Resume Cover Letter

Design Resume

Designer resumes are simple and easy to make because designers can create anything, right? Wrong! A designer, be it an interior designer or a fashion designer or a graphics designer, needs as much help in creating the best resume as you and me.

Playing with Design: Designers are expected to have super creative minds that can churn out the best and most inspiring ideas. True, but does it really help them secure their jobs or get a contract? No. Most designers at sometime or the other, need to sit down and think and come up with resume that speaks not only of them but also of their profession.

Designer resumes must be creative without of course going overboard. Too much use of graphics, fancy tables, time lines, spiral charts that showcase your career graph might distract a recruiter who probably isn't from a designing background.

Therefore, play with Photoshop, MS Office and other tools to come up with a theme. It shouldn't be too fancy. Fewer graphics and short descriptions that align with graphics are far more catchy and readable.

Add a Color: If you had designed a lovely studio apartment that was noticed by the local newspaper. Add this experience. You convinced your first contract clients to color their office in red or designed clothes for cheerleaders is a remarkable point. Add such designer experiences in a a bulleted list. Use vibrant colors to highlight the important sections.

Use Creative Tongue: A difficult part of designer resume is how does one convey ones designing achievements in those one or two pages. Your award winning floral design or park layout design must be described in a very few short lines, preferably with the award name mentioned. For example, ' Best Mall Architecture from Good House Keeping Magazine' speaks volumes about the your creative achievement.

Be careful not to exaggerate though. You can write a simple rhyming poem that showcases your past work, but then get it reviewed by your peers, so that you end up losing face.

Objective View: If you are unsure about your designer career path, go for vacation! No, literally! Take a vacation. It can calm you and help you contemplate about your immediate career goals. Once you are sure, write down in the simplest possible words how you would like to make your mark as a designer in a such a way that is fruitful, both for you and your employers.

Objectives like, ' I'm a career changing designer who wants to use his creativity for gaining Chief Designer position,' might make the recruiter gasp. Obviously, 'career changing' designer is not required for long term goals of any company or client. Far better line is, 'I want to blend my creative skills with designing better homes or dresses.'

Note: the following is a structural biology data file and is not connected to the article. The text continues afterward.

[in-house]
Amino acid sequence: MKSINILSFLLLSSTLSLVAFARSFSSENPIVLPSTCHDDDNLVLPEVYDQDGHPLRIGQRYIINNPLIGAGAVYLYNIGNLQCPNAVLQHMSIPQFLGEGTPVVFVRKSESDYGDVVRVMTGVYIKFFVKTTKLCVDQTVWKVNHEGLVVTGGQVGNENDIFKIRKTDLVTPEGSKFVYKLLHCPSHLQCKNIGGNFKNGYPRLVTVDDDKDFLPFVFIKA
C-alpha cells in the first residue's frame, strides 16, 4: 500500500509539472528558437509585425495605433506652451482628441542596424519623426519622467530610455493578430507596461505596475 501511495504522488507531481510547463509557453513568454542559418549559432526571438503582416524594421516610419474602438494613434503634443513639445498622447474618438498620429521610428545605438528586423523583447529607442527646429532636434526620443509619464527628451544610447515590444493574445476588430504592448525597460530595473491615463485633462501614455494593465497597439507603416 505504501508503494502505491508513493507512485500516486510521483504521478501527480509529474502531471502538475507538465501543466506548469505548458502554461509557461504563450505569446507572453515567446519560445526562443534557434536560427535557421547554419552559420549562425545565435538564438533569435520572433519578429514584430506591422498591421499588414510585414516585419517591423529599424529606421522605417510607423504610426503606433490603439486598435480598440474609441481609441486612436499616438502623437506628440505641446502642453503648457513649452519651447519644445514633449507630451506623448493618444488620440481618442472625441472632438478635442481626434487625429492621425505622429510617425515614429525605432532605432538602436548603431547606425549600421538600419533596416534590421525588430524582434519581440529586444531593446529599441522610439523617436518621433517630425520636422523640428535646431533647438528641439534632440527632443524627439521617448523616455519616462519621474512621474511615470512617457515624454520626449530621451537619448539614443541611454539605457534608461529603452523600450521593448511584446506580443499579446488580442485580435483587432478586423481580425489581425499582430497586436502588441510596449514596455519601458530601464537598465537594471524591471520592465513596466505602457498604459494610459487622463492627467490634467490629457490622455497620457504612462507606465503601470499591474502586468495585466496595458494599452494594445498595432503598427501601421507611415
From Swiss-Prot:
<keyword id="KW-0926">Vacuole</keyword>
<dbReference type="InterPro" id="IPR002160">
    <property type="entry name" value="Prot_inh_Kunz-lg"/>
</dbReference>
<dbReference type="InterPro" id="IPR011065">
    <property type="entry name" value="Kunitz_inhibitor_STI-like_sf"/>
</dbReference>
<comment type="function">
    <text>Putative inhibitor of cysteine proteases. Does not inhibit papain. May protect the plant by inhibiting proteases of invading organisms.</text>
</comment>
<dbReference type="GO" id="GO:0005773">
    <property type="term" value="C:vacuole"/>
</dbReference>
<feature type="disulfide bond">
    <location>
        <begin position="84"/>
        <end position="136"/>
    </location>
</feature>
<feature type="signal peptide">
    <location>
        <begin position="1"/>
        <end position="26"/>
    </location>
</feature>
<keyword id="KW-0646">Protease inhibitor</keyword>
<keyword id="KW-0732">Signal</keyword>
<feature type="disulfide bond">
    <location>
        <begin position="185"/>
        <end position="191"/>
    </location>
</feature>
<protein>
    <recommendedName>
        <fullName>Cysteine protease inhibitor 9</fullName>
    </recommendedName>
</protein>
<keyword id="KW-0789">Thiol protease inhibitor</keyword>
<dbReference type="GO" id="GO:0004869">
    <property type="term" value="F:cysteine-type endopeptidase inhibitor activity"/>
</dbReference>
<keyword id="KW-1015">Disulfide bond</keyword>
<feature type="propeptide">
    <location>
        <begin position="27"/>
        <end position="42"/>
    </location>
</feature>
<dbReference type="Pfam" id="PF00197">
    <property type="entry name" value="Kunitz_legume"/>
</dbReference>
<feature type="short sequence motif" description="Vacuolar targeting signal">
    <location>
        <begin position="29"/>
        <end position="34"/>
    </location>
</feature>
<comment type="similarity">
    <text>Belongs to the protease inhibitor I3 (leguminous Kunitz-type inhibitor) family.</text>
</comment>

Brushing up on Education: An experienced designer or a fresher from an Art or Architecture school, either way, your education is important. If you took extra courses in Gothic and Roman Architectural History or did a certification course in contemporary European fashion, do use it add a few extra stars to your resume. Read about the job description before you write in unnecessary skills. The days of working hours on a easel or huge sheets of paper are gone. Most designers are expected to be well versed with latest computer tools. Be it Coreldraw, InDesign or Photoshop. Add them on your designer resume.

Ramp up the Lights: The spotlight on designer must be his designing skills. Sticky note style sections about your best clients or projects would put the spotlight on you. But don't daze them with too many lines of information though. A circular chart or a pie chart with weightage on the best achievements quickly gets noticed in the designer world.

A graph of your productivity, your focus, your humor and number of coffee cups, clearly shows that you are creative and target oriented. A time line shows your career path with respect to your previous employment and projects.

If you have specific experience in leading a team of designers for a advertisement campaign, it must be shown on your designer resume. It will help you move to a senior position. On the other hand, if you are a fresher and have freelanced as a designer, do offer references for the work.

Do have a look at sample professional designer resumes, before you make your own. Remember to keep your designer resume simple and stupid.

Following are the list of design resumes:

  1. Educational Coordinator Resume
  2. Supervisor Resume

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